Robyn Francis reports from Cuba and the reciprocal visit of the Cuba-Australia Permaculture Exchange.
Robyn Francis May 10, 2008
It’s been an interesting 2 weeks since I arrived in Cuba (28th April) to work with the Foundation for Nature and Humanity (FANJ) as part of the Cuba-Australia Permaculture Exchange. These initial weeks have mainly involved orientation and visits to a range of urban and rural permaculture projects in Havana and central Cuba. The visits have been important to gain insights into the challenges the permaculture team here face and to identify key areas for further training over the coming weeks.
The Cubans have also insisted I have time out and have taken great pleasure in showing me around to the sights: the May Day march in Revolution Square, Old Havana, the Caves of Belamar, Bay of Pigs, rainforests and waterfalls in the mountains near Trinidad and the many picturesque colonial Spanish towns and cities with buildings dating back to the 17th Century.
My Havana base is in a registered private Casa, a little penthouse on the roof of a private home with a kitchenette and rooftop patio looking out over the rooftops of Havana. Cuban cuisine is somewhat repetitive: black bean rice, starch veg (potato, yam, taro or plantain) with pork or chicken steak or schnitzel and a few slices of tomato and cucumber or raw cabbage, no sauces, spices or flavouring apart from salt. This is the typical Cuban lunch and dinner, day in and out, so it’s great to have access to a kitchen to have some variety in my diet and I’ve enjoyed checking out the fruit and veg markets, finding the local bakeries and cooking up some delicious vegies. It’s amazing really in such a tropical paradise where so many different foods can be grown that the local cuisine is so limited and unimaginative.
Last week Carmen took me on a tour of some domestic permaculture projects in the city. The first place was Nelson’s rooftop rabbit farm where 364 rabbits a year are raised on food scraps collected from the neighbours. He dries the food scraps and mills them into a dried feed and supplements this with greens grown in containers and weeds collected from the neighbourhood. Guineapigs run around on the floor foraging on scraps falling from the rabbit cages. Nelson also raises quails and constructed an incubator to raise the chicks.
The second place was Angelo’s garden and food forest, complete with rabbits, ducks, and pigs. Angelo did the PDC a year ago and has achieved a lot in a short time. His food forest produces most of the green feed for his animals and he collects food wastes from a large store next door to feed the pigs.
I also spent a day with the FANJ Environmental Education Team visiting projects in 5 schools in various parts of Havana and a community park project. With some of these projects the key focus to date has been on putting in the hard landscape infrastructure and next phase will be the plantings. One of the main priorities in the schools is establishing shade trees. Most of the school projects also involve kitchen gardens and planting fruit trees.
Part of our visit to the schools was to deliver much needed garden tools. Each school received a pick, rake and machete, some also received a pruning saw. It took the FANJ team months of paperwork and hassles to import the tools from Mexico. It’s a real struggle accessing resources for these projects, and hard for Australian’s to comprehend just how difficult it can be. The most impressive school program I visited was during my rural tour to the south of the island, a school in Trinidad with a highly productive school farm growing all the vegetables for the school lunches, Several of the staff from this school will be doing the PDC in Havana which I’ll be teaching with the local permaculture training team.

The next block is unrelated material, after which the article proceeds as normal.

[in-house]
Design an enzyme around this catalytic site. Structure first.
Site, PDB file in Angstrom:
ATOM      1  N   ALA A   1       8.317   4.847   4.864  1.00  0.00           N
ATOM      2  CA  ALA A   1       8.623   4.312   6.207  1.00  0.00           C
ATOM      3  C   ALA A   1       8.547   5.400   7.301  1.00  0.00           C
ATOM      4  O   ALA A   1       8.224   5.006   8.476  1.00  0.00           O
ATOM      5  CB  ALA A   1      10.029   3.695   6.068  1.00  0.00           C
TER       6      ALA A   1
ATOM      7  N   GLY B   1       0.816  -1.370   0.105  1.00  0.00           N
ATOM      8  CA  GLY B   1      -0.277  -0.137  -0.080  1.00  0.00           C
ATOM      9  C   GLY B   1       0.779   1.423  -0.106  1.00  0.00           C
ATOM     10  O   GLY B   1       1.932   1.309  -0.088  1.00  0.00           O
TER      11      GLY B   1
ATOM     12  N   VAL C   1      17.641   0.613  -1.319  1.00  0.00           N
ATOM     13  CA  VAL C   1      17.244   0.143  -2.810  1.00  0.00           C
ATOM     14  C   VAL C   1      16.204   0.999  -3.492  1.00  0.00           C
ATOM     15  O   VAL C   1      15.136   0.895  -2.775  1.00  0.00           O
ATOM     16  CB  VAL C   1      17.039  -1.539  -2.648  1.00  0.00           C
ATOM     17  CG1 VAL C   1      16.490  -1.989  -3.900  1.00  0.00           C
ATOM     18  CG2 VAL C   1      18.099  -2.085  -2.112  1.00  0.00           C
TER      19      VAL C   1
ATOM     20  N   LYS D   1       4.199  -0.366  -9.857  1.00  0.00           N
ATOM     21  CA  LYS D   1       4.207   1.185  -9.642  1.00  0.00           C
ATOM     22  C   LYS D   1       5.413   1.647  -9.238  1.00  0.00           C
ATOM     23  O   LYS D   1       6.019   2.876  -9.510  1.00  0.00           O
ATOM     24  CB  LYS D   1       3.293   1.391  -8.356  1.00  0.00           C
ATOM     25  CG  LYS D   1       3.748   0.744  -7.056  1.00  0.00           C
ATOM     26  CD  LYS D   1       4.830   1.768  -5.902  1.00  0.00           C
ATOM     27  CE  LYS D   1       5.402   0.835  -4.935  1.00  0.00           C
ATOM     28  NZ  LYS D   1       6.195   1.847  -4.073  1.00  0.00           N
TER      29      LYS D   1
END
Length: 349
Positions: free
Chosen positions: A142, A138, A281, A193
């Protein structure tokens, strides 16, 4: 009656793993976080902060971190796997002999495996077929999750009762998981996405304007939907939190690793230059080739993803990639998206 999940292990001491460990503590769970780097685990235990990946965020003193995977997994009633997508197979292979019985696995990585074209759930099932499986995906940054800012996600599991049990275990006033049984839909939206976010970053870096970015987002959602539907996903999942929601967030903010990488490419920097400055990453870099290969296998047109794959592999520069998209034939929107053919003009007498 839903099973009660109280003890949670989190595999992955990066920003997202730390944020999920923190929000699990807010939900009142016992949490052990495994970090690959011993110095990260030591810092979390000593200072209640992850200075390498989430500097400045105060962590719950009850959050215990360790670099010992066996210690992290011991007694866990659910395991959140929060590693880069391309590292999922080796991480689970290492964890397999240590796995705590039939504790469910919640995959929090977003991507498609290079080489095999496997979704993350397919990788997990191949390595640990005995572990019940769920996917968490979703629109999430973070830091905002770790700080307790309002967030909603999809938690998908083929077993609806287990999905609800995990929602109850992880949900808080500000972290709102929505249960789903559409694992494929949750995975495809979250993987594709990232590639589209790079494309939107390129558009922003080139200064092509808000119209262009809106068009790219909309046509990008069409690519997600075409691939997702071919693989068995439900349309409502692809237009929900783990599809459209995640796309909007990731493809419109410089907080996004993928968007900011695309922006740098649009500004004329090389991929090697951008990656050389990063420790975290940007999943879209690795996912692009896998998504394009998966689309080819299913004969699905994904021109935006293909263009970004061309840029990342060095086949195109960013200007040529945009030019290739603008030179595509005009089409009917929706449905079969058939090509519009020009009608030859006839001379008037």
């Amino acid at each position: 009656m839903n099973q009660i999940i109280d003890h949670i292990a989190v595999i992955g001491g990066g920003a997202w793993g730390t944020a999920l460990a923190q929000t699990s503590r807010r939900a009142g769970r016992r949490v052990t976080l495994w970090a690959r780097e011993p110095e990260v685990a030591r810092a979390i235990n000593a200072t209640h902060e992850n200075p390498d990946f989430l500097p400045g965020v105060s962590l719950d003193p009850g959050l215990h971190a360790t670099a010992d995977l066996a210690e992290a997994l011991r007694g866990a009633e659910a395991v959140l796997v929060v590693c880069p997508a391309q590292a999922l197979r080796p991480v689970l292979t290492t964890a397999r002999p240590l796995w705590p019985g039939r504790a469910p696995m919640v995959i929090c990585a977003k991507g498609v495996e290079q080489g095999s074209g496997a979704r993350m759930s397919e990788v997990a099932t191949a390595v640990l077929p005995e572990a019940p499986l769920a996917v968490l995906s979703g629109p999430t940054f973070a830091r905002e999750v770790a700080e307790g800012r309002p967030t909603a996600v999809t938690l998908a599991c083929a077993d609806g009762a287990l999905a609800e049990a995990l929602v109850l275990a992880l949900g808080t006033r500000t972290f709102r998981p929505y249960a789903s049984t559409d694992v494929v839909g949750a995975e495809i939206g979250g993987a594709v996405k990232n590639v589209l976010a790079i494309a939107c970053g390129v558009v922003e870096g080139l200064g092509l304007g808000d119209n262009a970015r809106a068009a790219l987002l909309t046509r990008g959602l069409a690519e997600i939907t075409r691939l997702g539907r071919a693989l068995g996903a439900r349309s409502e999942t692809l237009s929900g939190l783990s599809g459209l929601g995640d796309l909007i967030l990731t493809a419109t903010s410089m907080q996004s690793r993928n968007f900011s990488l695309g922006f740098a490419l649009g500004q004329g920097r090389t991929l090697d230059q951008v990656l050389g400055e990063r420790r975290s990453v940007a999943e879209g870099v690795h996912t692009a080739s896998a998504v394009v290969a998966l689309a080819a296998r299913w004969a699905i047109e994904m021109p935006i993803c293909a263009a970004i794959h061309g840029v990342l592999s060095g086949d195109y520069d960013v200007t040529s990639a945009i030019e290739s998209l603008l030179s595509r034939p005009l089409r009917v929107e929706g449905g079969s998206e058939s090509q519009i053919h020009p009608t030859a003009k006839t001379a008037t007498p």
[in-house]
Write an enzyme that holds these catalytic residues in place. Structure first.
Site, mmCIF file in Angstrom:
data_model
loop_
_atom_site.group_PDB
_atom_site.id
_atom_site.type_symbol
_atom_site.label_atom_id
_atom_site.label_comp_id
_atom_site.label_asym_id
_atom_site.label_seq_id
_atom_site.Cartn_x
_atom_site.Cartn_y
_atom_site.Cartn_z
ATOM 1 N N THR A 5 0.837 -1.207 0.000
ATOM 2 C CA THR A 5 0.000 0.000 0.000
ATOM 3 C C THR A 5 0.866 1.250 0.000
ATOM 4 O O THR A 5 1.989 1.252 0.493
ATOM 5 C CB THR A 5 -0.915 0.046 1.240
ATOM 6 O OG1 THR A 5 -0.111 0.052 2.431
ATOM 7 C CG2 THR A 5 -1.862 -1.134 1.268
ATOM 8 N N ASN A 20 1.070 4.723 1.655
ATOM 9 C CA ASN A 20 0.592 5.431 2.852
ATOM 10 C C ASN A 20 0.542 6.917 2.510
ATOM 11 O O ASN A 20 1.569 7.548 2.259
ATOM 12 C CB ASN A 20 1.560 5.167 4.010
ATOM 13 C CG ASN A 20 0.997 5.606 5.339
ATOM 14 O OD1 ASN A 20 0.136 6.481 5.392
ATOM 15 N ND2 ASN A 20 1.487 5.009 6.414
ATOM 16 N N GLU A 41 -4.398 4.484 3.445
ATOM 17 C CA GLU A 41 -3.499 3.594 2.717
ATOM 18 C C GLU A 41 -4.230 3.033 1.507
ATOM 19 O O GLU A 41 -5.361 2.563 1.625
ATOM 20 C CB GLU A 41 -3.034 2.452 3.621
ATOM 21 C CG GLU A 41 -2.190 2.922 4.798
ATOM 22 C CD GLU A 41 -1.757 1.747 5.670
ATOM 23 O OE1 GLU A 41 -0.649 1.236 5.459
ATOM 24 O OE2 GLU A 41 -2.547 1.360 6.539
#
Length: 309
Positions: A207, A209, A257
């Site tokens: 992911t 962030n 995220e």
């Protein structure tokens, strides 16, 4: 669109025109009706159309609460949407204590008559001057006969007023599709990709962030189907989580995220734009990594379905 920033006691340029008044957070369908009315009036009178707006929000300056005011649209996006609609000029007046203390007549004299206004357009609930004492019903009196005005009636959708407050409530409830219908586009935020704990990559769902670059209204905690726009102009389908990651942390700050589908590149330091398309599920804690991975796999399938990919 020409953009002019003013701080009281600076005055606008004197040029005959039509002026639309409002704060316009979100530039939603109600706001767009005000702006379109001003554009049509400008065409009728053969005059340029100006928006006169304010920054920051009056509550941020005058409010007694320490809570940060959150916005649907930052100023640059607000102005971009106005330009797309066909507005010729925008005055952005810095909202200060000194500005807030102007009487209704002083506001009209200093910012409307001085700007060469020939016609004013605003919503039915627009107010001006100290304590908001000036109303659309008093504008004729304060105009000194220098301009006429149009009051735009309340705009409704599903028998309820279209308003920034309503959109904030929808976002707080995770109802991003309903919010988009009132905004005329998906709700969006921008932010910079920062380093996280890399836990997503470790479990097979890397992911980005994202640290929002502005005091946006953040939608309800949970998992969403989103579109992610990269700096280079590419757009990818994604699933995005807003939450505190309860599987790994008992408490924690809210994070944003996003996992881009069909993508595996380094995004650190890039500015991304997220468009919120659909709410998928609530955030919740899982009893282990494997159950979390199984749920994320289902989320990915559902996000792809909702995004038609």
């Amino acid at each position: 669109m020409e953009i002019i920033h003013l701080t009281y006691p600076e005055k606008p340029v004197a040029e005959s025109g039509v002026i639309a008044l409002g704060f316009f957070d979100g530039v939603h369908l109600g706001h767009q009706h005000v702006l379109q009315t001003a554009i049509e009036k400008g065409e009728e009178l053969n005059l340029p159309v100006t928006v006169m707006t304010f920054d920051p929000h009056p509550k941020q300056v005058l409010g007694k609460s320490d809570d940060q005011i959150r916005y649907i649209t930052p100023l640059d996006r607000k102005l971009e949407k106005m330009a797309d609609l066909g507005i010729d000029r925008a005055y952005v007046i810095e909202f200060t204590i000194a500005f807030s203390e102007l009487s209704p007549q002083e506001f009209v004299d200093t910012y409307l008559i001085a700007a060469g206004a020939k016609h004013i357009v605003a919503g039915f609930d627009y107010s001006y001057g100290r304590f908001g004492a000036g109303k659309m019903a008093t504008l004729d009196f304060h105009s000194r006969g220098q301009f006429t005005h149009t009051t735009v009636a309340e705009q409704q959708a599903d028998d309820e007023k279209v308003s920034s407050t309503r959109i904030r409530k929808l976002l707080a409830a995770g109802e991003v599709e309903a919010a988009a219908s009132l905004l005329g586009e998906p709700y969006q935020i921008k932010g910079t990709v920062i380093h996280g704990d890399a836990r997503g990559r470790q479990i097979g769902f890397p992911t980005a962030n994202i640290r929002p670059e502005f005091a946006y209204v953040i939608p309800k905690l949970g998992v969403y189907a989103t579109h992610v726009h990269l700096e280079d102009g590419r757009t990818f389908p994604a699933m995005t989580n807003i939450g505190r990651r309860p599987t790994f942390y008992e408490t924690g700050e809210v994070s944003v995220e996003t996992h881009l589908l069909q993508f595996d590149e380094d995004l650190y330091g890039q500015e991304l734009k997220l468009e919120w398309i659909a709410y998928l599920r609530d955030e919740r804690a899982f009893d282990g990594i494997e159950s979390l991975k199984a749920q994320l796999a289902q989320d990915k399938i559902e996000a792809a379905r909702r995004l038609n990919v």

A highlight of the rural visits was the cultural community on Cuba’s south coast. The 26 Ha farm is the base of Theatro Elementals, a cultural/environmental theatre group. Five families live on the community, plus 6 cows, 1 bull and 2 oxen. The cows are milked for cheese-making and manure is fed into a methane digester to provide fuel for cooking. The farm is FANJ’s main rural production project, however it is a struggle shifting the entrenched mono-crop mentality to food production. Apart from an acre of coffee interplanted under old citrus trees, the only real species diverse system is the riparian reforestation project along a section of the creek where 12 species were included in the 3000 trees planted last year by Canadian Interns working on the farm. Hopefully some of the suggestions and recommendations from my visit might be taken up. The actors and artists are not really involved in the day to day operating of the farm, for this there’s a farm manager and local farm labourers. They have created a great open air ampitheatre for local performances and the troupe are often away on tour around Cuba and overseas. When I visited they were busy preparing for a tour to Venezuela.
Over the coming weeks much of my work in Cuba will involve teaching on the PDC here in Havana, plus several 1-day conferences/seminars on Permaculture and Vocational Environmental Education, and one on Permaculture Practices and Projects in Australia and Internationally. I will also be meeting with people from the built environment faculty of the university and travelling to Sanctus Spiritus to conduct an advanced designers training program.
Cuba is a fascinating place, interesting culture and incredibly hospitable. It’s a pleasure and honour to be here, and I look forward to making a meaningful contribution to the permaculture work here over the coming weeks.
Havana, May 10, 2008